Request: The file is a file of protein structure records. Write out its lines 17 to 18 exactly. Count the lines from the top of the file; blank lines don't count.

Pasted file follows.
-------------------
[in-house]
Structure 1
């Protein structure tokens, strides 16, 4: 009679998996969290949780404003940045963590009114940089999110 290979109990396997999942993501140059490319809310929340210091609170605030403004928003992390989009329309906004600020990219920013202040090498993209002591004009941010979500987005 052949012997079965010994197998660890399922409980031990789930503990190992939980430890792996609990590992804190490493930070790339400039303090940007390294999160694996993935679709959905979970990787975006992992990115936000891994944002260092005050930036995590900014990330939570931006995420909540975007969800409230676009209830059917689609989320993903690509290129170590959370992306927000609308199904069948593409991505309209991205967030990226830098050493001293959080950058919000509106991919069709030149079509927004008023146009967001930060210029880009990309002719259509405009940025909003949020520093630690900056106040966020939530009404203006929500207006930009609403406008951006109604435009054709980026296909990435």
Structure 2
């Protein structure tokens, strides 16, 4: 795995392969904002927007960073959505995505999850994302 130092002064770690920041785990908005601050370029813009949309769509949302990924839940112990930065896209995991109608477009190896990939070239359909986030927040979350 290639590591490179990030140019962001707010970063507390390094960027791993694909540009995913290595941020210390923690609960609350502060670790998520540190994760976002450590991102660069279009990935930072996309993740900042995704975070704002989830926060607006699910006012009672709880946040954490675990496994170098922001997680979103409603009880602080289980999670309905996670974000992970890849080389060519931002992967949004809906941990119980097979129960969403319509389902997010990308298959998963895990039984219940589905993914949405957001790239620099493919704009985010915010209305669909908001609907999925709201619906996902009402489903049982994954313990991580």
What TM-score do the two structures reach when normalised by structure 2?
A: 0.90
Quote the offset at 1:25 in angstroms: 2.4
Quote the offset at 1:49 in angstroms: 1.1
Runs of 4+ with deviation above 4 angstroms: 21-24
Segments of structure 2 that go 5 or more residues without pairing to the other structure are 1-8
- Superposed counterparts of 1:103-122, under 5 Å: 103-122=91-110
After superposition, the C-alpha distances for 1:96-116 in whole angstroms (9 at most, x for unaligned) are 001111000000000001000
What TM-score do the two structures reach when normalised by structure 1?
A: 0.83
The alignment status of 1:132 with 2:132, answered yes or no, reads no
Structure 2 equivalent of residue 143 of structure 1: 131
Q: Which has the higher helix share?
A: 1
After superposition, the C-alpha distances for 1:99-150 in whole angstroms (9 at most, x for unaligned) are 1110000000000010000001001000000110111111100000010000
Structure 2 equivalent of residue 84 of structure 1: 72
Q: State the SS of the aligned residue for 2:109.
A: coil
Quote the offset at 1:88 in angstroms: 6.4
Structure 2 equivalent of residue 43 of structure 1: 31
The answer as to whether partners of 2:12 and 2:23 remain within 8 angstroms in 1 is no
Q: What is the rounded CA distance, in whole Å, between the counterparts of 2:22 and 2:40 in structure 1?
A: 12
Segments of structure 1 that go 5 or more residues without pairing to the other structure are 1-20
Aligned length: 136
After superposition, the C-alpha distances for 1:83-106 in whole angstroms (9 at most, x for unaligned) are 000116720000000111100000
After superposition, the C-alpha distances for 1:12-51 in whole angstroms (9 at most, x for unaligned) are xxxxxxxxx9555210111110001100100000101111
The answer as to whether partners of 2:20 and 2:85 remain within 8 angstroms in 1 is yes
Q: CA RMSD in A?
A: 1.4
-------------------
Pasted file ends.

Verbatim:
Structure 2 equivalent of residue 143 of structure 1: 131
Q: Which has the higher helix share?